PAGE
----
31 December 2010

The Hens Speak

Dear reader, let me begin by wishing you a joyful end to the year two thousand ten. It's been a doozie for so many people we know that we are not the least bit sad to bid it adieu. Let us all have a pleasant, healthful, and successful two thousand eleven!

Chetworth has also asked me to extend his thanks to the person or persons who sent him the beautiful wreath for Christmas. Fourteen brains between us and this household still can't figure out who the anonymous sender was. The wreath has been very pretty hanging at the entrance to the drive.

This new year's eve marks the start of a new era for our hennies and roos. You see, the girls told me the other day that they "had had ENOUGH with those greedy, sex-crazed, roosters" and that it was my job to "do something about it" or there would be no peace in the barnyard for me.

No, the roos didn't get the axe even though that is the logical thing to have done. Fortunately for them I promised someone special that I wouldn't do them in since they are rather nice roosters, as roosters go. Anyone want a rooster?

What I did do was create a little bachelor pen for six of the little men. They now have their own coop, roosts, sand bath, and covered area next to the big coop. I managed to put most of the boys in there just about sunset but they flew the fence just to prove a point. Little did they know or remember that there are fixes for that....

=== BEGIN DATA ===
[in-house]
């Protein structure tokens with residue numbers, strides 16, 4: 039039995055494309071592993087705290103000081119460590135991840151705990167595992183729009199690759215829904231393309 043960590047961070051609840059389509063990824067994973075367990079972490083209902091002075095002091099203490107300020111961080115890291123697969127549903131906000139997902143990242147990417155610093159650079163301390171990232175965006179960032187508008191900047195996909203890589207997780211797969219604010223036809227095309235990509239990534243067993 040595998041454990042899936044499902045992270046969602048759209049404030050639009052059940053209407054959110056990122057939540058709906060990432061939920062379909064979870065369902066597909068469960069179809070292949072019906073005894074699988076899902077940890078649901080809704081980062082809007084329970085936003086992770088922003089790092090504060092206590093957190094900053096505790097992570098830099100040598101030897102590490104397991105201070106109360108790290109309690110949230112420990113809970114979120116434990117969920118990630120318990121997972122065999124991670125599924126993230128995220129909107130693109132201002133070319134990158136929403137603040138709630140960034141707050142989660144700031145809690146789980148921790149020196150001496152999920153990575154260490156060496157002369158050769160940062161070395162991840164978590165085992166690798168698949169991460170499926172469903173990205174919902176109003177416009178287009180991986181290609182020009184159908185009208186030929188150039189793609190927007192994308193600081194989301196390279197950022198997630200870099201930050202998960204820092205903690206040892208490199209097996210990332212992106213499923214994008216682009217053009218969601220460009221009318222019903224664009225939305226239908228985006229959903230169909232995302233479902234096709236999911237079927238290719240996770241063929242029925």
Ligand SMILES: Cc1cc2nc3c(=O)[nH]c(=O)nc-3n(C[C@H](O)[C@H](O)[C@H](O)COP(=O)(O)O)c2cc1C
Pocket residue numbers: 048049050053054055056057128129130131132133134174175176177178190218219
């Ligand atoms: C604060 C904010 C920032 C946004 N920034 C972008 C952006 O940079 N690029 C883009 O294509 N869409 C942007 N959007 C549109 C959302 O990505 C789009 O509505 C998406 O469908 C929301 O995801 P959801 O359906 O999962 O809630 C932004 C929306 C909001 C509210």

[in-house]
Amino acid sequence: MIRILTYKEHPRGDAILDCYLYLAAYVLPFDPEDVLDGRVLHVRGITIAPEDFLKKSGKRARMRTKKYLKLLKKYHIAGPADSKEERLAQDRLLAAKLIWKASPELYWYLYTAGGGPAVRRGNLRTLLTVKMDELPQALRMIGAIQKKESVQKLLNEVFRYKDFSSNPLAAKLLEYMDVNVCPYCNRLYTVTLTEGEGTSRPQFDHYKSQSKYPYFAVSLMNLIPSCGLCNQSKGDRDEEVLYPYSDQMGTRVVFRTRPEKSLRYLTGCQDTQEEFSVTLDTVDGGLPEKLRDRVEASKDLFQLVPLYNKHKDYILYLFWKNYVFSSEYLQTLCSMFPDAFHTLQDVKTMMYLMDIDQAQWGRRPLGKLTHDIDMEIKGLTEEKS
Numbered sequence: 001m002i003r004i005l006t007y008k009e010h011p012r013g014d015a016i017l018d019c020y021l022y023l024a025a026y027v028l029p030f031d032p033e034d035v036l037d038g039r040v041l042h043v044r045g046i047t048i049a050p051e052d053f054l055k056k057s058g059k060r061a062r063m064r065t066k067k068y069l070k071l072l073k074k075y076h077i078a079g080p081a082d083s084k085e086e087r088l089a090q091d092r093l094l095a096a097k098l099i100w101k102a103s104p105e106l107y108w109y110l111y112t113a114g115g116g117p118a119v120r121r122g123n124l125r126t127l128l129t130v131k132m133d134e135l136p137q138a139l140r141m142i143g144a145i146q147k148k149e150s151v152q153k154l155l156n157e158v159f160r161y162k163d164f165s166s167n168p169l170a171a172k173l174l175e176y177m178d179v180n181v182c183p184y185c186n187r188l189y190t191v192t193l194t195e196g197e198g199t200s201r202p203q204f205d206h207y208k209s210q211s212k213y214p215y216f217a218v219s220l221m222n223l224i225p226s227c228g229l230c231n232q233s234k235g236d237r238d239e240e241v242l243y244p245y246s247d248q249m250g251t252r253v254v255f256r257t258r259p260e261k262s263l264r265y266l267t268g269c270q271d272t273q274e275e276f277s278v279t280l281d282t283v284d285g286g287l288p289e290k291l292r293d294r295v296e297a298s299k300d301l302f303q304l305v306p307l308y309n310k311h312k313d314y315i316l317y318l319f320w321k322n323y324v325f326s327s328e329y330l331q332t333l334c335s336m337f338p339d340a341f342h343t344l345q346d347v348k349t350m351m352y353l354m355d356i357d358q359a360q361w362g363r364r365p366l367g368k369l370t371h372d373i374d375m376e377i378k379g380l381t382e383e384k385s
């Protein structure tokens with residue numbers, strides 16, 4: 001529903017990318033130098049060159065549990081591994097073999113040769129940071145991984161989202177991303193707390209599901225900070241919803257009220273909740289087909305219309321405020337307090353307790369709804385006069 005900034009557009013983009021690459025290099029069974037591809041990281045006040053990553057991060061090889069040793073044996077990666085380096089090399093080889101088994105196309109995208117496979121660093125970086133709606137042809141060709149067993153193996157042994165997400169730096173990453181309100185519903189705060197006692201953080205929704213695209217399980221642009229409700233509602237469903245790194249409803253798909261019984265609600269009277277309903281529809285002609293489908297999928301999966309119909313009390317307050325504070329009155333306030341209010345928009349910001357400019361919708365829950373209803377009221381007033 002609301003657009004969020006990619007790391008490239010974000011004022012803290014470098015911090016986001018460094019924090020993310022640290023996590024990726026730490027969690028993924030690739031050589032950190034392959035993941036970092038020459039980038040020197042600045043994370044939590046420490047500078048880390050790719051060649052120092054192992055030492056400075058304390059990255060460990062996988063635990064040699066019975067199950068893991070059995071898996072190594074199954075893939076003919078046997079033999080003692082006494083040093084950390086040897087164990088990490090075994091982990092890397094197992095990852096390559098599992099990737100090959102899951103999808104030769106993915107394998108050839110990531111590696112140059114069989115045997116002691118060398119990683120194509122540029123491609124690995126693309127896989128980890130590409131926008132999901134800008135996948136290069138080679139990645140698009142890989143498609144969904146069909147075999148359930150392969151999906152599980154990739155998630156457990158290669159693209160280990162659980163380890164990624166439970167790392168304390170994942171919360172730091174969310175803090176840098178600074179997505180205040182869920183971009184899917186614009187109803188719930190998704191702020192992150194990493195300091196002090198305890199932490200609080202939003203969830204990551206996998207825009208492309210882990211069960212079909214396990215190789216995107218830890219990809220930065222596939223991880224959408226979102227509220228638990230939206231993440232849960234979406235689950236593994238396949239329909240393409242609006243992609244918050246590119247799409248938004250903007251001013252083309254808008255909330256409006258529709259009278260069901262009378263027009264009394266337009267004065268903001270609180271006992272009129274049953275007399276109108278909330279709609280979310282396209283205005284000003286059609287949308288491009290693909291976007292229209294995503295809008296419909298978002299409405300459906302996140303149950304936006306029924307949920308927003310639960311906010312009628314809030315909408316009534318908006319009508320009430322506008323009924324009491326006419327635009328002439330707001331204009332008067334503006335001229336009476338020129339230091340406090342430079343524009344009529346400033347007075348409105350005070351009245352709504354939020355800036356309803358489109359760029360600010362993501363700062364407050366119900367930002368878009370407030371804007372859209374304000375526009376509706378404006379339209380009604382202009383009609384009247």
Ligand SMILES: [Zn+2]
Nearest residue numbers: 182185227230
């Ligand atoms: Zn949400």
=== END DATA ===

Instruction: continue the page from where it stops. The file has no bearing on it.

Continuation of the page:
About eight o'clock I went out with a wee flashlight and collected them one at a time, climbed over the fence, and clipped their glorious barred wings with my scissors of dismay. Mr. Horace, our red banty frizzled Cochin, did not receive such treatment as he knows he can't fly anyway. Horace was, most sensibly, already cozy in the rooster coop. The girls will be happy.

The hennies do still have two roosters living with them as it was always my intention to only allow those who weren't too aggressive with the girls to live with them once I got it sussed out. Red is a smooth red bantam Cochin who seems pretty laid back. Guido is my pet chicken.... small, hen-pecked, and thoroughly sorry looking... so he gets to stay in the big coop out of pity if nothing else. Everyone seems to treat him like a girl anyway.

The bachelors will live in their little yard for a time while I erect a bit of temporary fencing in the walled garden. If they're going to stay then they can earn their keep by scratching the soil bare of weeds back there.

1 comment:

Lausanne said...

It is interesting to read about your gender balancing arrangements. I get in a dither in peak brooding season with our duck flock. The drakes are numerous and , yes, relentless! With our new adolescent brood coming into season this spring we will HAVE to diminish the drake population somewhat. I think it will be freezer time for a few of the males. All our birds roam te premises so caging the males separately doesn't seem fair...Last year one of the lady ducks was made permanently lame from all the sport. It is hard with a mixed breed flock like ours. Undoubtedly the largest males will be the ones to head to the chopping block, just to protect the females from displaced hips! Sounds like you have the situation firmly in hand down there.